Here’s one from this walk that I did earlier – Fuji X-H1
September 2021

The imp won. And so it was that I found myself enjoying some early afternoon sunshine and a short stroll. I took just the Holga and that one roll of film for my final trip out for Holga Week 2021.

I’m not sure why, perhaps it appeals to the completer-finisher in me, but an average of a film a day seems about right. I managed to get out on five of the seven days too which was more than I’d anticipated. In terms of effort then I’d class Holga Week 2021 a success.

Just one roll to develop and I’m ready to start on the shortlist for my three submissions. Fingers crossed I can get that done on Friday or at the very latest Saturday.

I shall be back soon to share some images I hope!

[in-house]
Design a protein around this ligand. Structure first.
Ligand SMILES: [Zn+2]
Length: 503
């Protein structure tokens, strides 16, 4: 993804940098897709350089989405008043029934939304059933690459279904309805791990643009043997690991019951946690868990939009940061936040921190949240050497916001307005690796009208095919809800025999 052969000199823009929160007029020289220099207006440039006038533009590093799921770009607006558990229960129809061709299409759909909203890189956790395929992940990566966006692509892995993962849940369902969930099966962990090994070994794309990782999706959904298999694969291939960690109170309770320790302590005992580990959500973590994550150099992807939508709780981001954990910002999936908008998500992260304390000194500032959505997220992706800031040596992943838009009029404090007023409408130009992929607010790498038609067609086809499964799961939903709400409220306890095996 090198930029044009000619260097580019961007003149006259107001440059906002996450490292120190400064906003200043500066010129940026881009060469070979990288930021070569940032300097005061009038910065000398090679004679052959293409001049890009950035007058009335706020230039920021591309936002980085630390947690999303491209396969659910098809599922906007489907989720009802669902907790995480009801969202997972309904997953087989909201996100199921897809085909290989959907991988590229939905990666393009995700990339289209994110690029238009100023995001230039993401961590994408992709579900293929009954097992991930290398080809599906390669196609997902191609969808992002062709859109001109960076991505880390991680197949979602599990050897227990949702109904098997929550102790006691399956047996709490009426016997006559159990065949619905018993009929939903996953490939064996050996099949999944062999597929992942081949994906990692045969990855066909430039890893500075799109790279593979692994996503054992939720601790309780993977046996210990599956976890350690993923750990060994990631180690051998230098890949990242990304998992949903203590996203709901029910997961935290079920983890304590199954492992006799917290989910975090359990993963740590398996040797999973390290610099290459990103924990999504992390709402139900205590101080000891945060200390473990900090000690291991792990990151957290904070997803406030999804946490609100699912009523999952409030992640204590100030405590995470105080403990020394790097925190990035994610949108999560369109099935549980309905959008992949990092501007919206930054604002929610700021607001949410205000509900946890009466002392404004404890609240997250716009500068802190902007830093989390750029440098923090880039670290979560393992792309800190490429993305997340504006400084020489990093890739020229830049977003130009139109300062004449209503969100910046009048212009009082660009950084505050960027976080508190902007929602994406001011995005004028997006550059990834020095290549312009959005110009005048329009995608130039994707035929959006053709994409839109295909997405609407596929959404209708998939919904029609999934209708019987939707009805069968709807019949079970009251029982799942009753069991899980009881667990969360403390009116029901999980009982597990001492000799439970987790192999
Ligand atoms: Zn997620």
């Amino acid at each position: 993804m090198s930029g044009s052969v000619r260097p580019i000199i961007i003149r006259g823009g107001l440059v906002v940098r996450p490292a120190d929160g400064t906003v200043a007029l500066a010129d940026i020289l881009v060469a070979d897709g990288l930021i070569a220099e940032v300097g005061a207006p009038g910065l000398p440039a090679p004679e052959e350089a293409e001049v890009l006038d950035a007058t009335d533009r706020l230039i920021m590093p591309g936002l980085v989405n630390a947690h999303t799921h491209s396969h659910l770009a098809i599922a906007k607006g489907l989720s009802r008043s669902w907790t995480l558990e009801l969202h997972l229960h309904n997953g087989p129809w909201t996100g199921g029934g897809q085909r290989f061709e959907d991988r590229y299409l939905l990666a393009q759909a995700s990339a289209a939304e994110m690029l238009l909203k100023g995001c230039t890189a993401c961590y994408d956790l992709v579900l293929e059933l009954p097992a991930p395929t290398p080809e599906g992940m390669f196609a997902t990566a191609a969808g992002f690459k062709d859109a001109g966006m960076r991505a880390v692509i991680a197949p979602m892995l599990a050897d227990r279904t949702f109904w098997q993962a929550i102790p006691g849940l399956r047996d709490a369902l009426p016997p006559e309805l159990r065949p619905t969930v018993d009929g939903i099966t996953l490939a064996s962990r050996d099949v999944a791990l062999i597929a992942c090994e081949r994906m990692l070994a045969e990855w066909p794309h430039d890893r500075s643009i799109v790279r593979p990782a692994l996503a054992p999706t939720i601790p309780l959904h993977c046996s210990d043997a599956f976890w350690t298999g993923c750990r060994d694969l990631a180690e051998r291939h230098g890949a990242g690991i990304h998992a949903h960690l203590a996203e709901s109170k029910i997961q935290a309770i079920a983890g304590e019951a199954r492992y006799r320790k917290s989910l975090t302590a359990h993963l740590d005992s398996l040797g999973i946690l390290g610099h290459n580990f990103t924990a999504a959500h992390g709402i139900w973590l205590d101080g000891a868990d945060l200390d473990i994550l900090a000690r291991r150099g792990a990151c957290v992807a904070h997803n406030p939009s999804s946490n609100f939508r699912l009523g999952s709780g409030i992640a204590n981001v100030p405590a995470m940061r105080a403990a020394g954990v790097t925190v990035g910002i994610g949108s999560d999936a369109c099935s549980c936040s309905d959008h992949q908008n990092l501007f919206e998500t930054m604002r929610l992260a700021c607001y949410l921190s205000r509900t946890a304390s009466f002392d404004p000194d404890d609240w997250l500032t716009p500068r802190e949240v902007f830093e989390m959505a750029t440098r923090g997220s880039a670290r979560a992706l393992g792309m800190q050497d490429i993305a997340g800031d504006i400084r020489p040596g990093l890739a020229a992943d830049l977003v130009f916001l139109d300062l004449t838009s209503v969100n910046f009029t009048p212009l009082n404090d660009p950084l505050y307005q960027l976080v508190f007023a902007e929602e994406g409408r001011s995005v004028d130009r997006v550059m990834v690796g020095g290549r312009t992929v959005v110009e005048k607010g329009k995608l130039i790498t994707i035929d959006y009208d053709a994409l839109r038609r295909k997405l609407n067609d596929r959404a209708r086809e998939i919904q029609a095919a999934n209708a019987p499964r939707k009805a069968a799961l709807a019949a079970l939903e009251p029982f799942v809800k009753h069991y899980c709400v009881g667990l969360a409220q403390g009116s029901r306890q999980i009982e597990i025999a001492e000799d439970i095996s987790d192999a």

My Holga Week Diary 2021 – Day 6

Day Six. Wednesday 6th October, designated by Senior Management as the start of Christmas shopping for 2021.

Holga Week requires verification that I have the Holgas

But, I’m not despondent as over the 45 or so years we’ve been together we’ve slowly evolved an understanding about marathon shopping sprees. I don’t do them. What I do though is drive to the designated shopping centre or wherever, park up and then we go for breakfast. Suitably fed we then part for the duration; the wife goes shopping and I take a walk, with a camera. Usually my Fuji X100T or the Nikon L35AF with its ever-present YG filter. But this is Holga week so it’s the Holga 120N and Ilford HP5+ this time.

Today it is Huddersfield town centre and the sky is blue. A novelty as invariably it’s raining and I get a good soaking. However, as I’m just as likely to be stood in dark alleyways as out in the autumnal sunshine I opt to rate the film at 400. That is to say that I will develop it as if it was exposed consistently at 400 ISO. Not that consistent is a word usually found in the same sentence as Holga! It’s one of the camera’s charms and one of the reasons I always enjoy playing with it, even if it isn’t something that I use every week.